Global mobile data revenue to surpass voice revenue by 2018

GSMAMobile operator data revenues will overtake voice revenues globally by 2018, according to a new GSMA report. The mobile data explosion is being driven by a surge in demand for connected devices and machine-to-machine (M2M) communications and is transforming the socioeconomic future of people in developed and developing countries.

The increase in mobile operator data revenues is a global trend across both developed and emerging markets. In 2012, Japan became the first country where data revenues exceeded voice revenues, due largely to the availability of advanced mobile broadband networks and a higher adoption of the latest smartphones, tablets and connected devices.

Data growth has spurred significant advances in connected devices and M2M technologies globally. Four sectors in particular – health, automotive, education and smart cities – are building on the evolution of mobile broadband access and services.

Developed in collaboration with PwC, the report reveals how innovative mobile connected products and services will revolutionise people’s lives over the next five years.

In developed countries:

  • mHealth could save $400 billion in healthcare costs in OECD countries
  • Connected cars could save one in nine lives through emergency calling services
  • mEducation can reduce student drop-outs by eight per cent or 1.8 million children
  • Smart metering can cut carbon emissions by 27 million tonnes – the equivalent of planting 1.2 billion trees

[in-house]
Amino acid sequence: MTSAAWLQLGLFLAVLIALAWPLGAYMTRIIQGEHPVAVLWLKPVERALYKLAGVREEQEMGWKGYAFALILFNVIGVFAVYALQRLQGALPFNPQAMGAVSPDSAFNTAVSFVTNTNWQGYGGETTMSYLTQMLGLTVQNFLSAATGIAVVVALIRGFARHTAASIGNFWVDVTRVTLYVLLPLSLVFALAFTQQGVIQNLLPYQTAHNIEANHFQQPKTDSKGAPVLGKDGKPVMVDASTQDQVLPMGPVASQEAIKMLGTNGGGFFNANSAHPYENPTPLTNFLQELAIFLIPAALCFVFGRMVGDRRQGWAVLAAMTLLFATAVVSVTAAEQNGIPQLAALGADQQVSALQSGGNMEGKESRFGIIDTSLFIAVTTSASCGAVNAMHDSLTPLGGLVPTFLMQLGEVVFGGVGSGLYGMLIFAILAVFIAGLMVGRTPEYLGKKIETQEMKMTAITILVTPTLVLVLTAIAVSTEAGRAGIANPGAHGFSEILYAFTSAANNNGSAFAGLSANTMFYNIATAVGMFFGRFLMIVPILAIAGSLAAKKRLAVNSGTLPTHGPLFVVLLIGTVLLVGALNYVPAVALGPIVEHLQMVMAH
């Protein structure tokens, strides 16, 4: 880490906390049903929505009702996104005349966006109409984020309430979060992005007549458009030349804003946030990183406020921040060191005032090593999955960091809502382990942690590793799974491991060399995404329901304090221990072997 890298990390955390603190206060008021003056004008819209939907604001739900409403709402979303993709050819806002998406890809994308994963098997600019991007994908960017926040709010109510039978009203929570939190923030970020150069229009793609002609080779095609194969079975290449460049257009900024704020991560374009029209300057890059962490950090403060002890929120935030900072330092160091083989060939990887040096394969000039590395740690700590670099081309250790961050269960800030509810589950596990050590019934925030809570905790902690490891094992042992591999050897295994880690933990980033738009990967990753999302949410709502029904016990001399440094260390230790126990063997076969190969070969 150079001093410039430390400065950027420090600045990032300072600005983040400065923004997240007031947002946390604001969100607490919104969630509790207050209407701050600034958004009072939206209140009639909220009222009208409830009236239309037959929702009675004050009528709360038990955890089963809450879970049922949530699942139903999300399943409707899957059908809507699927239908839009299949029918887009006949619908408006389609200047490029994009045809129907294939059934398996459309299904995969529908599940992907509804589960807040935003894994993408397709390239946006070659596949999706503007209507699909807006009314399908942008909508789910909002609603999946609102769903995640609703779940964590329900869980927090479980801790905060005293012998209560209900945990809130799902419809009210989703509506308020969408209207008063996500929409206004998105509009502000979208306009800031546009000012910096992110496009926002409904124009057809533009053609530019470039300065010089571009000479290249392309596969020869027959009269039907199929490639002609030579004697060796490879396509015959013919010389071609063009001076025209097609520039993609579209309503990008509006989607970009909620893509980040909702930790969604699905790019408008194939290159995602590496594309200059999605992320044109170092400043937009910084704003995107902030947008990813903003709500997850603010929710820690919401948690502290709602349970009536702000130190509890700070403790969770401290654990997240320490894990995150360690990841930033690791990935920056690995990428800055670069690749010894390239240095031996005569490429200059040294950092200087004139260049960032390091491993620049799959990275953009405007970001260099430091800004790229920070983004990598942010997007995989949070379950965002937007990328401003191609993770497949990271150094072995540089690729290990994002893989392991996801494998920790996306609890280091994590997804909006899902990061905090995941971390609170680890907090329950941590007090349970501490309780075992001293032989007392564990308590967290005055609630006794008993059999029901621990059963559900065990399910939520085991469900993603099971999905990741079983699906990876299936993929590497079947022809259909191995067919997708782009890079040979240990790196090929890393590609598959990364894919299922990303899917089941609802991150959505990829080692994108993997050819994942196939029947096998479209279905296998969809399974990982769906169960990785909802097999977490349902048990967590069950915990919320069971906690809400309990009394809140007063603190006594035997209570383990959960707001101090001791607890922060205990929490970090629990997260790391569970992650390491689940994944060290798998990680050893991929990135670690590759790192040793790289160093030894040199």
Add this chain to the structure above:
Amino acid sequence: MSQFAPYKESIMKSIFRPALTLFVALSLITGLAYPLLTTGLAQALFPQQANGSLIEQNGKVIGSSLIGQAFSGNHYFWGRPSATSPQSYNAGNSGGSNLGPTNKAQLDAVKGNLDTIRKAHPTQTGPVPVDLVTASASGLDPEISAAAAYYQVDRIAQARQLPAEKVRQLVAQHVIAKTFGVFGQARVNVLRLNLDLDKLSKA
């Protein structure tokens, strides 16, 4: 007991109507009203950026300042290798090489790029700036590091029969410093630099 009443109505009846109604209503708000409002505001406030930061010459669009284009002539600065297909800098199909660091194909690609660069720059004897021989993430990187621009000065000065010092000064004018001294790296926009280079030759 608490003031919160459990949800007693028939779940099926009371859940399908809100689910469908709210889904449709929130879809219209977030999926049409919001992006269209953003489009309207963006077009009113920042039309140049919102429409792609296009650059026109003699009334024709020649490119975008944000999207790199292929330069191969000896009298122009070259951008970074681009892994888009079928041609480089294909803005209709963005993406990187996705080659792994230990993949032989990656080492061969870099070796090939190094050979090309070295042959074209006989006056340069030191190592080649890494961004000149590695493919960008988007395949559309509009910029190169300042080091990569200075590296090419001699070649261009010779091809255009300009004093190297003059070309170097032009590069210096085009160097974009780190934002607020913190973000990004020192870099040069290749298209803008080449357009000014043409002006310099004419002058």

In developing countries:

  • mHealth to help save one million lives in sub-Saharan Africa
  • mAutomotive will improve food transport and storage, which could help feed more than 40 million people annually – equivalent to entire the population of Kenya
  • mEducation can enable 180 million students to further their education
  • Intelligent transport systems could reduce commute times by 35 per cent, giving commuters back a whole week each year

“Mobile data is not just a commodity, but is becoming the lifeblood of our daily lives, society and economy, with more and more connected people and things,” said Michael O’Hara, Chief Marketing Officer of GSMA. “This is an immense responsibility and the mobile industry needs to continue collaborating with governments and key industry sectors to deliver products and services that help people around the world improve their businesses and societies.”

For the complete GSMA-PwC report visit www.gsma.com/connectedliving.

 

 

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